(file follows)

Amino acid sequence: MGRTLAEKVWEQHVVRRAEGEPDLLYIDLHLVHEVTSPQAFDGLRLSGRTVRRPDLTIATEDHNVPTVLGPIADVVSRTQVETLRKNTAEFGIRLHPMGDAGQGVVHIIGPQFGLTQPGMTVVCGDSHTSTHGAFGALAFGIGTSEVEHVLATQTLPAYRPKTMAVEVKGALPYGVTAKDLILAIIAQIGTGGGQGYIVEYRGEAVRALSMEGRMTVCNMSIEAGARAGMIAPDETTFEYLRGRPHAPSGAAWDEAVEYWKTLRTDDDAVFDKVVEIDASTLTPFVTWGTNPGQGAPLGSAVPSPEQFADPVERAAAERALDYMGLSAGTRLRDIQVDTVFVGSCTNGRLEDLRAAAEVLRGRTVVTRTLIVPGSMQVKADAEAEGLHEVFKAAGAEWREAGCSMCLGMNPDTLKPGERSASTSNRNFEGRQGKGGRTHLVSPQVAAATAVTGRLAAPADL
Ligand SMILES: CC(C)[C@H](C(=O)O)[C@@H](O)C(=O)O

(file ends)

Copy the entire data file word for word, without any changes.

Amino acid sequence: MGRTLAEKVWEQHVVRRAEGEPDLLYIDLHLVHEVTSPQAFDGLRLSGRTVRRPDLTIATEDHNVPTVLGPIADVVSRTQVETLRKNTAEFGIRLHPMGDAGQGVVHIIGPQFGLTQPGMTVVCGDSHTSTHGAFGALAFGIGTSEVEHVLATQTLPAYRPKTMAVEVKGALPYGVTAKDLILAIIAQIGTGGGQGYIVEYRGEAVRALSMEGRMTVCNMSIEAGARAGMIAPDETTFEYLRGRPHAPSGAAWDEAVEYWKTLRTDDDAVFDKVVEIDASTLTPFVTWGTNPGQGAPLGSAVPSPEQFADPVERAAAERALDYMGLSAGTRLRDIQVDTVFVGSCTNGRLEDLRAAAEVLRGRTVVTRTLIVPGSMQVKADAEAEGLHEVFKAAGAEWREAGCSMCLGMNPDTLKPGERSASTSNRNFEGRQGKGGRTHLVSPQVAAATAVTGRLAAPADL
Ligand SMILES: CC(C)[C@H](C(=O)O)[C@@H](O)C(=O)O